Emissions Reduction Plan

The Emissions Reduction Plan of 2016 morphed into the Clean Growth Plan of early 2017, then the Clean Growth Strategy which was published by BEIS on 12 October 2017.

On 20 July 2016, the government approved the fifth carbon budget, which requires UK emissions to fall 57% below 1990 levels by 2032. While the UK is on course to meet its first three carbon budgets, the government must close the gap between the UK’s projected emissions and the level set by the fourth and fifth budgets.

BEIS is due to publish its Emissions Reduction Plan in 2017. The Emissions Reduction Plan will aim to set out how the UK will:

  • reduce emissions over the 2020s
  • meet its carbon budgets to 2032 (57% reduction on 1990 levels)
  • stay on track for its 2050 target to reduce emissions by at least 80% on 1990 levels.

The UK has made good progress on decarbonising the National Grid. However, it has only made very limited progress on decarbonising heating and cooling which still relies largely on combustion of gas, coal, oil and biomass to generate heat. Combustion releases CO2. There are now alternatives based on heat transfer and heat storage in the ground between summer and winter.

The Committee on Climate Change has already published its advice in "Next Steps for UK Heat Policy" in which it gives a ringing endorsement to the use of heat pumps for low-carbon heating.

What should the UK Government do now?

Individuals, and individual companies, will not benefit directly from reducing their own carbon emissions – unless others do so too. Thus the responsibility for reducing the UK's carbon emissions rests squarely with the Government – because only a collective approach will make a difference.

It is the UK Government which has backed the Paris Agreement and it now needs to take real steps to reduce carbon emissions from heating and cooling. The UK is very unlikely to reach its current carbon reduction targets without concerted action from Government.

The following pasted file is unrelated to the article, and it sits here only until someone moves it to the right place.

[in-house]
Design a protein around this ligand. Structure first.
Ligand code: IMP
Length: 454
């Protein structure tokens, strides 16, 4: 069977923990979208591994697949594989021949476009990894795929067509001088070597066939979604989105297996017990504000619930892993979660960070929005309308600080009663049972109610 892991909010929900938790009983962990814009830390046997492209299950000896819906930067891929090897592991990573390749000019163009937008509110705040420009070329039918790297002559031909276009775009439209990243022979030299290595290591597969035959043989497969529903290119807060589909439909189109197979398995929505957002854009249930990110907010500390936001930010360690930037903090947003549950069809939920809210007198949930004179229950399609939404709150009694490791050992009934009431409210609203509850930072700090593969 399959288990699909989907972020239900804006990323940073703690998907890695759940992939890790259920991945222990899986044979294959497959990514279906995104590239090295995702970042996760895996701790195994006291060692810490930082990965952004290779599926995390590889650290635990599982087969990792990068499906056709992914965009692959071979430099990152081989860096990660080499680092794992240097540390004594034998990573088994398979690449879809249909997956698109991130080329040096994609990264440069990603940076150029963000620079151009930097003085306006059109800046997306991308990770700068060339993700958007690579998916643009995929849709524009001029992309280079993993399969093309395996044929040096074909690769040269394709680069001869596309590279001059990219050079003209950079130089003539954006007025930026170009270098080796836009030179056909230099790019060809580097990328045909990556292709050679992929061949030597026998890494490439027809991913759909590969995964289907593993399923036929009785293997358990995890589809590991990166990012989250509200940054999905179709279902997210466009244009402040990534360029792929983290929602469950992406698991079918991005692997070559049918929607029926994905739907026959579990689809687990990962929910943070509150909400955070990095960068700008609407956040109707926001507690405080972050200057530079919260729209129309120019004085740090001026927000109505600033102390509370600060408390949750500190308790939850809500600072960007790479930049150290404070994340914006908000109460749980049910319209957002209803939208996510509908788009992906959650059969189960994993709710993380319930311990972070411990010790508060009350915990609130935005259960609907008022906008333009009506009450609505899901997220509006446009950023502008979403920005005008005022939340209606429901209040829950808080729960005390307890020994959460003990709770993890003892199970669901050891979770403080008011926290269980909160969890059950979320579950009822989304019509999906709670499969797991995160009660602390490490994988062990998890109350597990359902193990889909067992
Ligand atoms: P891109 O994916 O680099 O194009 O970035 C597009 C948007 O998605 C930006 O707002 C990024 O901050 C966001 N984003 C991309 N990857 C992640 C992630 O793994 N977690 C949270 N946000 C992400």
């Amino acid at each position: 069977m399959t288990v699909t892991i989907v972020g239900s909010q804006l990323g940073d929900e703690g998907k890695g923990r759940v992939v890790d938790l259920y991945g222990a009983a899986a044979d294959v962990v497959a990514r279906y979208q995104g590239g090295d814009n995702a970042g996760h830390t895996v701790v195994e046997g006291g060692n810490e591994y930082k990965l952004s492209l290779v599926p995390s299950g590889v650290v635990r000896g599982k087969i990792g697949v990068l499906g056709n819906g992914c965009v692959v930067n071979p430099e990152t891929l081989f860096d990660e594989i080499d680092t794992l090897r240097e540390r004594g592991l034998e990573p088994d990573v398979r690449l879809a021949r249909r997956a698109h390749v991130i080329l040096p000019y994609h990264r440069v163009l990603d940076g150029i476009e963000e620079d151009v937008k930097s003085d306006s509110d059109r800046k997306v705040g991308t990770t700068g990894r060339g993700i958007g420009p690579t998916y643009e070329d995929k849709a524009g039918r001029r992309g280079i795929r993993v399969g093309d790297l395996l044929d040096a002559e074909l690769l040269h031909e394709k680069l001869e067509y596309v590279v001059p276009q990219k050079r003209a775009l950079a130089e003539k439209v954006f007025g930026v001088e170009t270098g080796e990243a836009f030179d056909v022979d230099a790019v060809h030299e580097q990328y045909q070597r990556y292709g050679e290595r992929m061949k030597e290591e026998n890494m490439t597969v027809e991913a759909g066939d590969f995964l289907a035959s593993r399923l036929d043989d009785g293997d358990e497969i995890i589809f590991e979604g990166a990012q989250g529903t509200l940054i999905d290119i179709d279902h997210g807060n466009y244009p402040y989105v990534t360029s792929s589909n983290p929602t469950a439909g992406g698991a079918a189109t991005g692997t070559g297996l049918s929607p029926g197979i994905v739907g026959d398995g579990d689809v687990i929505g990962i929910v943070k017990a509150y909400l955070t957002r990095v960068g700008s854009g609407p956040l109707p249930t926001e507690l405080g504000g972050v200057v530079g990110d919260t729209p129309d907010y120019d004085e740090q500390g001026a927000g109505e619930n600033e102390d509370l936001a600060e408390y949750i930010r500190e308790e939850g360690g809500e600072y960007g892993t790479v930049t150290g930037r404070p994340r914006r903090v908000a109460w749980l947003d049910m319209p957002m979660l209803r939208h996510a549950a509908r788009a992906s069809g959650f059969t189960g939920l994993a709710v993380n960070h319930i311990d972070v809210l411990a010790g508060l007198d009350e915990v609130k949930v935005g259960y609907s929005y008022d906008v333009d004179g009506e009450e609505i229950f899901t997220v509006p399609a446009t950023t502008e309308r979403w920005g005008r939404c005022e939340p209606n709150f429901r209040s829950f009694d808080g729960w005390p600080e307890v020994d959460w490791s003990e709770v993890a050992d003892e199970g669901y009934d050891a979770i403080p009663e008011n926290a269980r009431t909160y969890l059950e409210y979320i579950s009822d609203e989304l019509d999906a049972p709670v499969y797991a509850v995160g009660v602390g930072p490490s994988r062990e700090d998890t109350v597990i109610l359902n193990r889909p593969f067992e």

Next steps for the Government

The pressing needs for the UK are to:

  • to continue to decarbonise electricity generation (which is progressing well)
  • and to decarbonise heating and cooling of buildings.

To decarbonise heating we need to put a stop to combustion of carbon compounds. The elegant alternative is to use heat transfer for heating. That means using heat pumps now.

Energy Recycling is the Ultimate Energy Saving Measure

Does the Government yet recognise that ground source energy and recycling solar heat through the ground (from summer to winter) is the surest route to saving energy and reducing carbon emissions from heating?

Does the Government yet recognise that ground source energy and recycling cold through the ground (from winter to summer) is the surest route to saving energy and reducing carbon emissions from cooling?

The Committee on Climate Change report calls for energy saving and joined up thinking. Let's hope the Government can see the connection between renewable heating and renewable cooling, because energy recycling is the ultimate energy saving measure: joined-up heating.

How much of the Non-Domestic RHI Budget has been spent on Heat Pumps?

The Government has spent £550m on non-domestic RHI to reduce carbon emissions from heating non-domestic buildings. The amount spent on heat pumps so far is just £7.5 million over four years across England, Scotland and Wales: less than £2 million a year.

The Government has suggested that subsidies for renewable energy should be reduced in times of austerity.

The subsidy on reduced VAT for domestic energy bills for gas, coal and oil in the UK was calculated at £3,971 million for 2011 by the OECD.

Can we hope that the Government will see fit to begin to redress this balance in the light of the UK's support of the Paris Agreement?

Silver Bullet for Decarbonisation of Buildings

It has been said that "there is no silver bullet for the decarbonisation of buildings". We disagree. The Silver Bullet is called "ground source energy". The UK needs to adopt a policy of joined-up heating and cooling based on thermal energy storage in the ground and heat transfer.


See Ground Source Heating       See Ground Source Cooling    See Ground Source Energy